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The Village Boy Who Became A Hero To Thousands

20 May 2021

He was a raw teenager with potential when he made his first team debut in 1960. He would leave Boothferry Park 11 years later as a Hull City legend and hero - a hero who was rarely referred to by his full name. He went by the nickname ‘Chillo’, and the mere mention of that name, even today, 50 years after he played his final game for the Club, is still enough to take the mind on a glorious wander down memory lane.

Chris Chilton was born in the village of Sproatley, just a few miles to the east of Hull, in June 1943. From an early age it was clear that he was a talented footballer but, brought up in an era long before club academies would become the main route into the professional game for aspiring young players, it was whilst playing in local leagues that Chilton would be spotted doing his thing.

His thing was scoring goals, and he was doing it often enough to be given the chance to join Hull City. However, the promising forward also had a creative eye and had every intention of going to art college to further his studies. Had he gone down that route, the Tigers’ record books might look very different. Thankfully he chose football. The rest, as they say, is history.

Chilton would be an almost instant hit, although his debut as a 17-year-old against Colchester United wasn’t the most auspicious of starts. A 4-0 defeat was hardly the ideal way for the team to start a new campaign. Chilton was paired up front with fellow debutant Peter Nicholson. Nicholson wouldn’t  play another first team game for the Club, Chilton would go on to play a further 476. A first goal arrived in a 5-1 thrashing of Newport County on Chilton’s first appearance on the Boothferry Park turf, and his debut season ended with 20 goals to his name from 49 appearances.

His rawness was evident during that first campaign, but over time Chilton’s potential would develop into more of a finished article. Hat-tricks came along at regular intervals, and by now he was starting to delight crowds that were being drawn in ever-increasing numbers as seasonal hauls of 20 goals or more were becoming commonplace.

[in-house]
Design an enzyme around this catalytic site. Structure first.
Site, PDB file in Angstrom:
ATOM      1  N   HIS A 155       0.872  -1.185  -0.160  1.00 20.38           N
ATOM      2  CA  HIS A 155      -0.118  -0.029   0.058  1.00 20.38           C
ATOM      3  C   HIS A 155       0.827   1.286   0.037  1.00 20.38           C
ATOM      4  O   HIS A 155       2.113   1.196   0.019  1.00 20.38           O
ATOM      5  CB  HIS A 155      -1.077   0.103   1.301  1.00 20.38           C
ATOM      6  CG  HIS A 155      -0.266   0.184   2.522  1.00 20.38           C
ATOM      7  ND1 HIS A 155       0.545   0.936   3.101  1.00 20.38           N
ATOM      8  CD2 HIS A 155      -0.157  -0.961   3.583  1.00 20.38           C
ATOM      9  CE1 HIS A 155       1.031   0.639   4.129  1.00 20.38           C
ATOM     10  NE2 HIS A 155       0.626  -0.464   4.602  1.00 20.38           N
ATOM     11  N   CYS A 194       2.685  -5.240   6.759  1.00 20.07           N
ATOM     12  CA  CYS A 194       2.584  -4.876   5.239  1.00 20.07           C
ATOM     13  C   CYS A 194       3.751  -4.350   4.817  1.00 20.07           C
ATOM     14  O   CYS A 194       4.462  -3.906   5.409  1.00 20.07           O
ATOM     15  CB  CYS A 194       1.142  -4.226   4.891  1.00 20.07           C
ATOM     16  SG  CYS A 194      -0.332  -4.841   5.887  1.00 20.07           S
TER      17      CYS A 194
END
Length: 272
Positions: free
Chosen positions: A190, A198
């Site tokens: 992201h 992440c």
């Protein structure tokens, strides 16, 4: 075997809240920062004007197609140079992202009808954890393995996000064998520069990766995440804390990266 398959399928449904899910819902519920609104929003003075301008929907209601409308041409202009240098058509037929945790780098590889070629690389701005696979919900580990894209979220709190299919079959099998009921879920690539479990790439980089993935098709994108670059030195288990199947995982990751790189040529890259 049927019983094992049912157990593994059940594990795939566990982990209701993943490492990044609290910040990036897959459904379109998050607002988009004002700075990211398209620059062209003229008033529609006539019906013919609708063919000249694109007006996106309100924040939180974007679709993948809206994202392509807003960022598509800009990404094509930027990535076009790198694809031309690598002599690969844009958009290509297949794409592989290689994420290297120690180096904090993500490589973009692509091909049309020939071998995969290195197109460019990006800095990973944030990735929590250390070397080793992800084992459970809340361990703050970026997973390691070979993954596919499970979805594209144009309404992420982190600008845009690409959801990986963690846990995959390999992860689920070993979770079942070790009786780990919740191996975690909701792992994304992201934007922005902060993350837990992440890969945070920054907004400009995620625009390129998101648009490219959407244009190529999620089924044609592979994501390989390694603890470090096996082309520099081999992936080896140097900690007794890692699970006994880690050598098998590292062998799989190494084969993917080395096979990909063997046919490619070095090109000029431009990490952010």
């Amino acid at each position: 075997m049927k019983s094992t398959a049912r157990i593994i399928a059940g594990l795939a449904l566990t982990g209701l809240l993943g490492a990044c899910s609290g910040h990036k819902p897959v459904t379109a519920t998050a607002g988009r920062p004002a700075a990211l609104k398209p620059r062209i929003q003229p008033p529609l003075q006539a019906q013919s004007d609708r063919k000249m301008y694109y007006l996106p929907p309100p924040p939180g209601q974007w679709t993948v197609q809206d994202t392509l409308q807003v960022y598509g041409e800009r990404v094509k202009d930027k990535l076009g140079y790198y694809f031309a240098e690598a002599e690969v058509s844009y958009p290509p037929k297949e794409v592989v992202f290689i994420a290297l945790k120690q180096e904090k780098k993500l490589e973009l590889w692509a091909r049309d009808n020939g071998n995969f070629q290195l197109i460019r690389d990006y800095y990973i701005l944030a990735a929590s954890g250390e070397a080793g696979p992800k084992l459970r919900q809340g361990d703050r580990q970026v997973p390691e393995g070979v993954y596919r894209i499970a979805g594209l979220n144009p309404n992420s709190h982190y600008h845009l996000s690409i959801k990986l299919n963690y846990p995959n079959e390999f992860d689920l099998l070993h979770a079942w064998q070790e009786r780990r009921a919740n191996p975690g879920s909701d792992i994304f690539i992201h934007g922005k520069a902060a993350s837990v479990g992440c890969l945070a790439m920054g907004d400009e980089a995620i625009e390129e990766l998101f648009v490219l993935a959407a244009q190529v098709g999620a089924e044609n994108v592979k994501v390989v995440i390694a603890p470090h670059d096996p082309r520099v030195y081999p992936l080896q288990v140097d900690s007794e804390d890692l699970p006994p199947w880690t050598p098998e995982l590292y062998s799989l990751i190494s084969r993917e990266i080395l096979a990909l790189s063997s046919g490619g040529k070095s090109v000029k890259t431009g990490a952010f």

Even hat-tricks weren’t enough to satisfy Chilton’s appetite, with four-goal displays against Wrexham and Barnsley adding further to his reputation. In late 1964, he would be joined by a new strike-partner who went by the name Ken Wagstaff. And so began the ‘Waggy and Chillo’ story.

The attacking duo were simply unplayable at times and, in their first full season playing together, they scored 52 league goals between them as the Tigers won the Division Three title in 1965/66, while their efforts also inspired a memorable FA Cup run that was ended by Chelsea in a quarter-final replay.

That was the fourth successive season in which Chilton had scored 20 goals or more, and he continued to score with regularity in the second tier, although his next campaign in the 20-plus category would come in his final full season at Boothferry Park as he netted 26 times as the Tigers went close to winning an elusive promotion to the first division.

Chilton would leave Hull City two games into the 1971/72 season having scored 222 goals in 477 appearances. And, let’s not forget, he played in a time when defenders could get away with using slightly stronger tactics to stop their opponents than they can today.

After spending a season with Coventry City, and playing the top flight football his career deserved, Chilton would return to Boothferry Park to join the Tigers’ coaching staff and was assistant manager for the Club’s promotions in 1982/83 and 1984/85.

He would remain a big supporter of the team after retiring from the game, although sadly he suffered from ill health in recent years.

He is now at peace - away to watch over the Tigers’ goalscorers of the future.

There’ll never be another Chris Chilton, though. He was, and will remain, a Hull City Hero.

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